The Story Behind the Statues
In 1993 Ripley’s acquired two African fertility statues, little knowing they would become our most popular exhibits.
Thousands of women have testified that after trying to conceive for years, they got pregnant after laying their hands on the legendary statues.Baulé tribesman of the West African nation of Cote D’Ivoire carved the statues from ebony wood sometime on the 1930s.
According to tribal legend, to ensure a couple’s fertility the statues are to be placed on either side of a doorway leading into a bedroom. If a woman or her spouse touches either statue as they enter the room, they will soon get pregnant.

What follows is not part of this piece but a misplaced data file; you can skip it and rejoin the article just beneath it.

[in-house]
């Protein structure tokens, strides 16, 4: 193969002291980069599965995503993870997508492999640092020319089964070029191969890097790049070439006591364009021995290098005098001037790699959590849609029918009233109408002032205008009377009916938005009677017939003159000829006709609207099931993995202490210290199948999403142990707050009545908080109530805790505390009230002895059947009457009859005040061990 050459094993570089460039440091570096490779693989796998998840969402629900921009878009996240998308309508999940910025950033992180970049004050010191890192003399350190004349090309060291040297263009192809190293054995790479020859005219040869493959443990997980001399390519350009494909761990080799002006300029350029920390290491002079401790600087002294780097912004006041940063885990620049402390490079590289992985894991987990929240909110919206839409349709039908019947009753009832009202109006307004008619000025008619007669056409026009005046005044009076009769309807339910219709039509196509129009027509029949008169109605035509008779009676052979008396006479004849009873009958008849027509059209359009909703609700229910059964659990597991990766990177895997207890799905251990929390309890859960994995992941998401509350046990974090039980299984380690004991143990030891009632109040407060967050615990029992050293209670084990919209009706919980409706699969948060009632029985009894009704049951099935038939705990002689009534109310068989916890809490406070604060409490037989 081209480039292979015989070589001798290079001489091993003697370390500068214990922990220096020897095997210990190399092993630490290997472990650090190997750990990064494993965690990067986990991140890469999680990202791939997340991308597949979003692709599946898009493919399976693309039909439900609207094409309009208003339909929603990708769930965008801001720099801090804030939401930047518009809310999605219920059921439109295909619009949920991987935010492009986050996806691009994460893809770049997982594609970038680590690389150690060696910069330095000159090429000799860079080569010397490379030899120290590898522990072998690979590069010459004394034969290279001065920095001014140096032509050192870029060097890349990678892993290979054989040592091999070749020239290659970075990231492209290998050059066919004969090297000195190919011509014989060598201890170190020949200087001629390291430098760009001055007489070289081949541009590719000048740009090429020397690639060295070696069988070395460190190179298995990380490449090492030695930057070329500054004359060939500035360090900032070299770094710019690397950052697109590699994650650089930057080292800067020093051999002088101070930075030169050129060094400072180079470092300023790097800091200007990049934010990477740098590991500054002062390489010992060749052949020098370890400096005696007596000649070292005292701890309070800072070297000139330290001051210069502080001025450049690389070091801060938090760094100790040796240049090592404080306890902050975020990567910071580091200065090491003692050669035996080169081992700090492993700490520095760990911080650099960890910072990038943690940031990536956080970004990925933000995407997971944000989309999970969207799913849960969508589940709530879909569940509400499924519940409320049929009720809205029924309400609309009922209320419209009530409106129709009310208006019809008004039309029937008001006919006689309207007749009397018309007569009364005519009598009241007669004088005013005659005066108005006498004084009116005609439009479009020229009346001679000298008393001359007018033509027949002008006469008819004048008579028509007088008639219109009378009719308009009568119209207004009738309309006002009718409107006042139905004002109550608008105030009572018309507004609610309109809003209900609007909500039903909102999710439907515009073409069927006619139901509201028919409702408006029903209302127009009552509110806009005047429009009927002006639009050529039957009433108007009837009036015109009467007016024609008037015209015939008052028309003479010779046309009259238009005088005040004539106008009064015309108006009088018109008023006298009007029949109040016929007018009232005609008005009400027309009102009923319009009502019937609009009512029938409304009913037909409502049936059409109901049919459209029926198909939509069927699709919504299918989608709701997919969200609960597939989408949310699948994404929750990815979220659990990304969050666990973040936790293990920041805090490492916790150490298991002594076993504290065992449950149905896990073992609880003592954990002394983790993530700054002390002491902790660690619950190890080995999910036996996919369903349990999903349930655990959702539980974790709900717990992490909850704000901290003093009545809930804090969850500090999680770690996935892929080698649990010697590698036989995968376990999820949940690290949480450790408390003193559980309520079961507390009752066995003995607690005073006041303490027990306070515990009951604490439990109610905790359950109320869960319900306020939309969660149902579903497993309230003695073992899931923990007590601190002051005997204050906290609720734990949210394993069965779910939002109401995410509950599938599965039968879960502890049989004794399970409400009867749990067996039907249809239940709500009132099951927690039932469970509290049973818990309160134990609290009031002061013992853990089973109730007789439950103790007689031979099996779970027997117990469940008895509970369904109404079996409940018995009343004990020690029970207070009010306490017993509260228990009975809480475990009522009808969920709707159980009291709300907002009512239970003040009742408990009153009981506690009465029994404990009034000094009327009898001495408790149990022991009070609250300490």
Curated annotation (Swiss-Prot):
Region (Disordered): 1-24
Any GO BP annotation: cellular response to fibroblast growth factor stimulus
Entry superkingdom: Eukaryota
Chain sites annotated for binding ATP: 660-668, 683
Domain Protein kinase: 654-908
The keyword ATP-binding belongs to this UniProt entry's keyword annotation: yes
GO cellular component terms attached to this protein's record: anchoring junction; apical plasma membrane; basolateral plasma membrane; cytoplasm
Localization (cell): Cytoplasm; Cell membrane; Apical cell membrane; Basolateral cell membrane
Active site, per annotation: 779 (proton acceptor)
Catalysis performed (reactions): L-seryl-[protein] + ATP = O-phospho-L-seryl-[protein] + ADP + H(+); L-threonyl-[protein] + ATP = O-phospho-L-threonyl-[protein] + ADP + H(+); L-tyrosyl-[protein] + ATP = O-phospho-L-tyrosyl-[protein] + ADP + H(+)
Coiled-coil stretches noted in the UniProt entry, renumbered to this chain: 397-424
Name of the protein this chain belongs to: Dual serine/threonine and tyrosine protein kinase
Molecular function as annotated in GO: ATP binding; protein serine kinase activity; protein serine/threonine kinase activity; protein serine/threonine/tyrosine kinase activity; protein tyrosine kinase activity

The male and female statues were hand carved with primitive tools. They stand five feet high and weigh over 70 pounds each.
The African legend does not specify where one should touch the statues to ensure fertility. For many women, it has not seemed to matter. Thousands of women have testified that after trying to conceive for years, they got pregnant only after laying their hands on the legendary statues.